The Supplier Audit Learning Curve


This time of the year, parents collectively breathe a sigh of relief as their children head back to school. The frantic rush to gather up school supplies is well worth the thought that soon the kids will be someone else’s responsibility for the majority of the day. At least, that’s how things went before COVID-19. School looks very different now, but some things remain the same. Kids will still be expected to learn, complete assignments and get good grades. For children aspiring to careers in quality, grades are a good preparation for audits.

Supplier audits are the standardized testing of the manufacturing world. Suppliers and manufacturers are held to high quality standards and both must adhere to them to ensure final products are safe and effective. The key to this is a thorough supplier audit in which the supplier and manufacturer work together to improve quality throughout the supply chain.

Elements of Auditing

At the beginning of the semester, students are given a rubric so they know how they will be graded during the class. If they meet the requirements of the rubric, they should get an A in the class. If not, their grades will suffer. Similarly, auditors need to let suppliers know what they expect from them. One expert identified 19 elements that auditors need to consider. All of these fall into at least one of the following categories:

  • Quality processes.
  • Business capabilities.
  • Compliance with current good manufacturing practices (CGMPs).

A supplier can be given a grade in each of these elements to help the manufacturer determine where improvement is needed and if the two business can continue to work together. Of course, these grades are just components of a supplier’s GPA. The manufacturer might choose to keep working with a supplier if they make continuous improvement plans.

Importance of Supplier Quality Assurance

A key part of the supplier audit is ensuring proper quality assurance, not to be confused with quality control which is quite different. Quality assurance consists of proactive measures that take place beforehand to ensure quality. This is the scholastic equivalent of forming good study habits. If you study, you do well on a test. If you have effective quality assurance, you have fewer quality events.

During a supplier audit, manufacturers should look for a robust quality assurance program and evidence that it is followed. It’s quite simple to write a standard operating procedure (SOP) indicating a process is done correctly. However, unless that SOP is followed it does nothing. A good quality assurance program gives manufacturers the reassurance that the supplier’s behavior during an audit is not just for the sake of the audit, but the standard for the organization.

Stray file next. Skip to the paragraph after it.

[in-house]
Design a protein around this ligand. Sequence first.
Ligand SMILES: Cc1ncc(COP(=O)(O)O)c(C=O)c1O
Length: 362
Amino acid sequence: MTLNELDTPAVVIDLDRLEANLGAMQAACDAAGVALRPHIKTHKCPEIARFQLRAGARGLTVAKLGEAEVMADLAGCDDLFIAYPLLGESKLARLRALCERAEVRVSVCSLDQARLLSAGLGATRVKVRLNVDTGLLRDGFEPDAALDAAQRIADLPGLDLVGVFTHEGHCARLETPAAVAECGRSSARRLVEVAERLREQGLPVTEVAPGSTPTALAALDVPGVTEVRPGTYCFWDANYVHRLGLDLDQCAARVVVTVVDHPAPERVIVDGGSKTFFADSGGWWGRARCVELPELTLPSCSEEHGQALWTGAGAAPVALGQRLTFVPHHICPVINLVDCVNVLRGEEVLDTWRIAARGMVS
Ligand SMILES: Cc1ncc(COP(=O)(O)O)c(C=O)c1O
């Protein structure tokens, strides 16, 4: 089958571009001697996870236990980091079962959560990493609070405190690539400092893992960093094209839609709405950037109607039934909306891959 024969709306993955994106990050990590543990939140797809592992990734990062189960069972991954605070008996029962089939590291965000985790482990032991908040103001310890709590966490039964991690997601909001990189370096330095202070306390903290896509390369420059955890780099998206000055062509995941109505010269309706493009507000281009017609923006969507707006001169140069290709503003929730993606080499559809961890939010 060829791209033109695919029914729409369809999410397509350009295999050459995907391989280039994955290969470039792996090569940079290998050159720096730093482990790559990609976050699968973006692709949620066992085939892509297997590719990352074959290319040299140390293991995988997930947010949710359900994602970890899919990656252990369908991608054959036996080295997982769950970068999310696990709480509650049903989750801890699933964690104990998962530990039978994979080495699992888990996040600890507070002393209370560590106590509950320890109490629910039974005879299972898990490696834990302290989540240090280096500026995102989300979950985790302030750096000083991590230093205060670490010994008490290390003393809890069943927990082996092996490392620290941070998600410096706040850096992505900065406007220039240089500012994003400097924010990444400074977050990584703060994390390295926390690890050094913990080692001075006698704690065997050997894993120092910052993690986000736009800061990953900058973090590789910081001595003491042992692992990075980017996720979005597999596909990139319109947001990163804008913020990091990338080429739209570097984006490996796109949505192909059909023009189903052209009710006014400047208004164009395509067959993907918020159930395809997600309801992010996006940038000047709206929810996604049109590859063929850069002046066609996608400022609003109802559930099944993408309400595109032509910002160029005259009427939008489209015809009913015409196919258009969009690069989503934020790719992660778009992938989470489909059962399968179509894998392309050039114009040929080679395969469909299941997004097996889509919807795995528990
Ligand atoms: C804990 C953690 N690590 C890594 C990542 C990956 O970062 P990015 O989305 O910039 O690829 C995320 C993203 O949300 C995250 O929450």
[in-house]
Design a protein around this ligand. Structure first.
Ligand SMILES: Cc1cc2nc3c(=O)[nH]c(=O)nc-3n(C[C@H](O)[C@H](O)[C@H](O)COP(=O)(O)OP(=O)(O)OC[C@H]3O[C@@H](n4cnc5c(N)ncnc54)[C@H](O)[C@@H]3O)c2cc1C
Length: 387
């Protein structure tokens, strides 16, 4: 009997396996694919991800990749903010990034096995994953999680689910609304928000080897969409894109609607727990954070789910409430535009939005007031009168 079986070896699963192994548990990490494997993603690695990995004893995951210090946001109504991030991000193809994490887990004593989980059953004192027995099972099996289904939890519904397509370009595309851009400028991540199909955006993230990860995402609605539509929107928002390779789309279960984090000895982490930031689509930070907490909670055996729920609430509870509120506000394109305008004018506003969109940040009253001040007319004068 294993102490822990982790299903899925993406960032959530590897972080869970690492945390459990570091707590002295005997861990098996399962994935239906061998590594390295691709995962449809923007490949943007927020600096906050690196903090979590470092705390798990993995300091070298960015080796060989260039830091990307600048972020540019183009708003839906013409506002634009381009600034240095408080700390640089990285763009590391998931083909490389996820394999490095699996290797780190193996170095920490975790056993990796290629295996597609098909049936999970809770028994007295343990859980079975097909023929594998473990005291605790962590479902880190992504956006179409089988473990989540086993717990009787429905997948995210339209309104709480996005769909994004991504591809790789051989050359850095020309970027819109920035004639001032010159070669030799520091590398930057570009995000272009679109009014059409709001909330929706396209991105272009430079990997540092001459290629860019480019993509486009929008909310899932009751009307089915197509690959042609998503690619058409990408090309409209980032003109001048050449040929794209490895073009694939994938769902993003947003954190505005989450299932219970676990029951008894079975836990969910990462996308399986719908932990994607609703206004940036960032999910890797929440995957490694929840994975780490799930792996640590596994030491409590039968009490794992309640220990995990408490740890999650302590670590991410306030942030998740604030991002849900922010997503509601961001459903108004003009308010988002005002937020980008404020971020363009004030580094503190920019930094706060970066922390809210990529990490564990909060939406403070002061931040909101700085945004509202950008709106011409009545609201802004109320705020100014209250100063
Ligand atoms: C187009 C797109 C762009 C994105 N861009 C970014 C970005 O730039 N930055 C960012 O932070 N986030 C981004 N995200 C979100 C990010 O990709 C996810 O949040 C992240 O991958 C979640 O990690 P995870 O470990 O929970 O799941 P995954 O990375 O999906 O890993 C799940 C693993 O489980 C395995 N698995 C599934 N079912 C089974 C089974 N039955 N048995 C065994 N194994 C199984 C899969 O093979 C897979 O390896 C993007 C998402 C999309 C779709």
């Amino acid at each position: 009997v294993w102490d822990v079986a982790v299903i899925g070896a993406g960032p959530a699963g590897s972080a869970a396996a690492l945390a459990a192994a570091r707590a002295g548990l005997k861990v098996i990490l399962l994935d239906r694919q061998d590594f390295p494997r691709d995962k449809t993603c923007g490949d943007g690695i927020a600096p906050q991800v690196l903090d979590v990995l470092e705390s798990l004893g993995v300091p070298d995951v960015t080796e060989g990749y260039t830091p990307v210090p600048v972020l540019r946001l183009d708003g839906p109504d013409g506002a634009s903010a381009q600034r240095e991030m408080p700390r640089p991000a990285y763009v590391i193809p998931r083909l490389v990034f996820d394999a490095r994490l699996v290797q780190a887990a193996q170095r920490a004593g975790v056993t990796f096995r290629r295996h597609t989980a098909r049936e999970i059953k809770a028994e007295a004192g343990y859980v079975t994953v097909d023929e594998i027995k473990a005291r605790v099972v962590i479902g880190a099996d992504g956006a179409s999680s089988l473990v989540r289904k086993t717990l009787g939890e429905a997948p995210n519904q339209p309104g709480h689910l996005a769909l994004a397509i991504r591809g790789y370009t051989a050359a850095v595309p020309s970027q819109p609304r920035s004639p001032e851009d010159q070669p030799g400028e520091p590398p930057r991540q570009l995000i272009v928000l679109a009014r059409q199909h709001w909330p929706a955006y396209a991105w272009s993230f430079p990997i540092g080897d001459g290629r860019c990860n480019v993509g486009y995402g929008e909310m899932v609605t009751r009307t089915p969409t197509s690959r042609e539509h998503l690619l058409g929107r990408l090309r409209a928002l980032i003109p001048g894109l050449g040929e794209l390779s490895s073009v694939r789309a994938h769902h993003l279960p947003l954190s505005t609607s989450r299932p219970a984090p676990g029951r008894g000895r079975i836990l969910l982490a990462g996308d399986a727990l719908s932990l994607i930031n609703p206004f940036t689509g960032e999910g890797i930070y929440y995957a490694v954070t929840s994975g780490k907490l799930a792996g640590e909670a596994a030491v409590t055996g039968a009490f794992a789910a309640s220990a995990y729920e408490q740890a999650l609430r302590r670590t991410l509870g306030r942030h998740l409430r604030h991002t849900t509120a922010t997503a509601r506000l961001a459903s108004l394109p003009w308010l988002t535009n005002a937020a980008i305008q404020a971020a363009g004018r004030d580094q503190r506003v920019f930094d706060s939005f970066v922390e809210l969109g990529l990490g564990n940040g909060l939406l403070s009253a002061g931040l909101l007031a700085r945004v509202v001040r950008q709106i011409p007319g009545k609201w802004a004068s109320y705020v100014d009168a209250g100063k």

Importance of Quality Management

While an audit may be similar to taking a test and being graded, the relationship between a supplier and manufacturer isn’t that of a student and teacher. The manufacturer isn’t there to dictate and the supplier doesn’t have to submit to every request of the manufacturer. Their relationship is more similar to that of the school administration and the PTO. Both businesses work together in a mutually beneficial partnership. The end result is beneficial to both and improves quality and safety overall. This is where quality management comes in.

Not to sound like a class clown, but the key to quality management is, well, managing. And a process can’t be managed if an organization is only focused on part of it. That’s one of the reasons that quality needs to extend across the product life cycle and throughout the supply chain. During a supplier audit, this idea needs to be front and center for both companies. If the auditor gives the supplier a failing grade in something, they need to talk about it. Audits should be continual improvement activities — not adversarial confrontations. Quality management processes and any associated software systems should be used in both organizations to ensure quality.


While manufacturers should have strict requirements for their suppliers, more important is the attitude that both companies are on the same side. The auditor needs to take a thorough look at the supplier’s quality processes, how they run the business and if they’re CGMP compliant. Quality processes in particular are important for regulated companies and a passing grade in those areas is essential. As the manufacturer and supplier work together they can improve quality management in both organizations.


Sarah Beale is a content marketing specialist at MasterControl in Salt Lake City, where she writes white papers, web pages, and is a frequent contributor to the company’s blog, GxP Lifeline. Beale has been writing about the life sciences and health care for over five years. Prior to joining MasterControl she worked for a nutraceutical company in Salt Lake City and before that she worked for a third-party health care administrator in Chicago. She has a bachelor’s degree in English from Brigham Young University and a master’s degree in business administration from DeVry University.

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